Dr. Sue J. Goldie, Roger Irving Lee Professor of Public Health, is a physician, decision analyst, and public health scientist working to improve the health of vulnerable populations across the globe. Renowned for her scholarship in decision science, commitment to policy translation, and innovative approach to interdisciplinary education, Goldie serves as the Director of both the Global Health Education and Learning Incubator (Harvard University) and the Center for Health Decision Science (Harvard T.H. Chan School of Public Health).
Internationally recognized for mathematical disease modeling and analyses to guide public health decision making, Goldie's research has focused on viruses of global health importance, cancer prevention, reproductive health, and maternal mortality. She has published 200 research papers, chapters, and technical reports and served as the principal investigator on awards from the National Institutes of Health, Centers for Disease Control, John D. and Catherine T. MacArthur Foundation, and Bill & Melinda Gates Foundation. She was granted the prestigious MacArthur award "for genius and creativity" in applying the tools of decision science to public health and in 2009 was elected to the National Academy of Sciences.
Goldie has served on numerous national committees and international advisory boards, including the Board of Global Health at the Institute of Medicine, and as a consultant to the World Health Organization, GAVI and other global alliances, ministries of health, foundations, and industry groups. Her work has influenced clinical guidelines, vaccine policy, and program implementation in low-, middle-, and high-income countries. In 2008, she received the John Eisenberg Award for translation of research to practice. That same year, she was appointed as the Director of the Center for Health Decision Science, a cross-departmental center bridging academia and policy.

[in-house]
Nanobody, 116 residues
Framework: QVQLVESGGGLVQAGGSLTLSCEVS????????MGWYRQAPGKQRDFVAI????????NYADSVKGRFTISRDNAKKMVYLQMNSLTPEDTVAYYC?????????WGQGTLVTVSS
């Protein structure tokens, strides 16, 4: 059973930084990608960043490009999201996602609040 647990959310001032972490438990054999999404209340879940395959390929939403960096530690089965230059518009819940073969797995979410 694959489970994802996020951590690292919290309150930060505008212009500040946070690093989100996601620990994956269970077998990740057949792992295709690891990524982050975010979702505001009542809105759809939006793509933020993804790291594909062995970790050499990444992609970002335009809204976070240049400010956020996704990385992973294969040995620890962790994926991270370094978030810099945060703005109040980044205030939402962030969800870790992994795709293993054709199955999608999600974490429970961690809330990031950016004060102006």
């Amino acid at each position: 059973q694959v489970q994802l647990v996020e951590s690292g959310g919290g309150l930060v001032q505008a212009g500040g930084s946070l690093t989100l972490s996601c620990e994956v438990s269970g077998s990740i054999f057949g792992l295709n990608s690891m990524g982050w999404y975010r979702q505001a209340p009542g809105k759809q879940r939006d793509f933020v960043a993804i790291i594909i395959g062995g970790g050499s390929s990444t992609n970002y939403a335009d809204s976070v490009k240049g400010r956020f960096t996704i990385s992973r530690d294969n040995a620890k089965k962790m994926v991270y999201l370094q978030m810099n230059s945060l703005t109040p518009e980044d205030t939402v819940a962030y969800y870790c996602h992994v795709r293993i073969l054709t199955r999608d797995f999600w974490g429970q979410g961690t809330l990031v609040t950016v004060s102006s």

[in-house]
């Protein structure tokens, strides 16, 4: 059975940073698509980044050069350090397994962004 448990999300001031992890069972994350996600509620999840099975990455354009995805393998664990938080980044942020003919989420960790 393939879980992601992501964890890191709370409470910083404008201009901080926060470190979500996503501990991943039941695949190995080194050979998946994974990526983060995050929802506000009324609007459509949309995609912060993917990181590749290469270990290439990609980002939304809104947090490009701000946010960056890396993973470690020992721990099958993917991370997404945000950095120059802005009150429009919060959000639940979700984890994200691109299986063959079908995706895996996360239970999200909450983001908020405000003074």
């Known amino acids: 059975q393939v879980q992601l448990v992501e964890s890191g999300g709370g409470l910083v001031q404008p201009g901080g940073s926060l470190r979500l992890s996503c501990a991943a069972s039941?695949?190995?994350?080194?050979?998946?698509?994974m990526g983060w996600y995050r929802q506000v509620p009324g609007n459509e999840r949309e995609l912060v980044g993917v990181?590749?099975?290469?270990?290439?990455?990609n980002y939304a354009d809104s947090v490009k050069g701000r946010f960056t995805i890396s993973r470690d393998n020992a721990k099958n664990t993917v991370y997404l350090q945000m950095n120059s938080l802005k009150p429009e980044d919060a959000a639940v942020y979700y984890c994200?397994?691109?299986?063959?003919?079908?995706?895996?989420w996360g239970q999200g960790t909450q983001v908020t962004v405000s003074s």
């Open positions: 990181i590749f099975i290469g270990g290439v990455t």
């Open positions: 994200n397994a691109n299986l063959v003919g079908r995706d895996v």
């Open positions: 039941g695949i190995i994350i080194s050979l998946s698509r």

In 2010, Goldie was appointed as the founding faculty director of the Harvard Global Health Institute by Harvard President Drew Faust, advancing an ambitious agenda for cross-sectoral collaboration to address global health challenges and playing a key role in initiatives such as the Commission on Global Governance for Health, the Disease Control Priorities Project, and the Commission on Investing in Health. Under her leadership, global perspectives were infused into educational opportunities across the University, with creation of dozens of new courses and learning communities. By the end of her tenure in 2014, more than 5,000 undergraduates had taken courses in global health and the secondary field in global health surpassed economics to become the largest at the college. That year, she was named the Director of the Global Health Education and Learning Incubator at Harvard University, where she continues to promote the integration of global health and global learning within and outside the University, building collaborative cross-disciplinary teaching, creating novel learning spaces, and developing innovative pedagogical tools and approaches.
Goldie is a celebrated educator and teaches core courses in decision science, health policy, and global health at the Harvard Chan School and Harvard College, created the first online course in decision analysis for public health, and co-teaches in a number of interdisciplinary courses across the professional schools. She received the Everett Mendelsohn Excellence in Mentoring Award from Harvard University, and more than a dozen other teaching citations and mentorship awards. Voted a favorite professor by undergraduate students over multiple years, her global health course routinely receives more than 500 applicants. She is a core faculty member in the university-wide PhD Program in Health Policy and serves on the FAS Standing Committee on Health Policy.
Dr. Goldie attended Union College (1984) and Albany Medical College (1988) during which she was elected to the Alpha Omega Alpha Honor Medical Society. She completed a residency at Yale University School of Medicine (1988-1991), and an MPH at the Harvard T. H. Chan School of Public Health (1997). She joined the Harvard faculty in 1998, received tenure in 2006, and was named the Roger Irving Lee Professor of Public Health in 2007.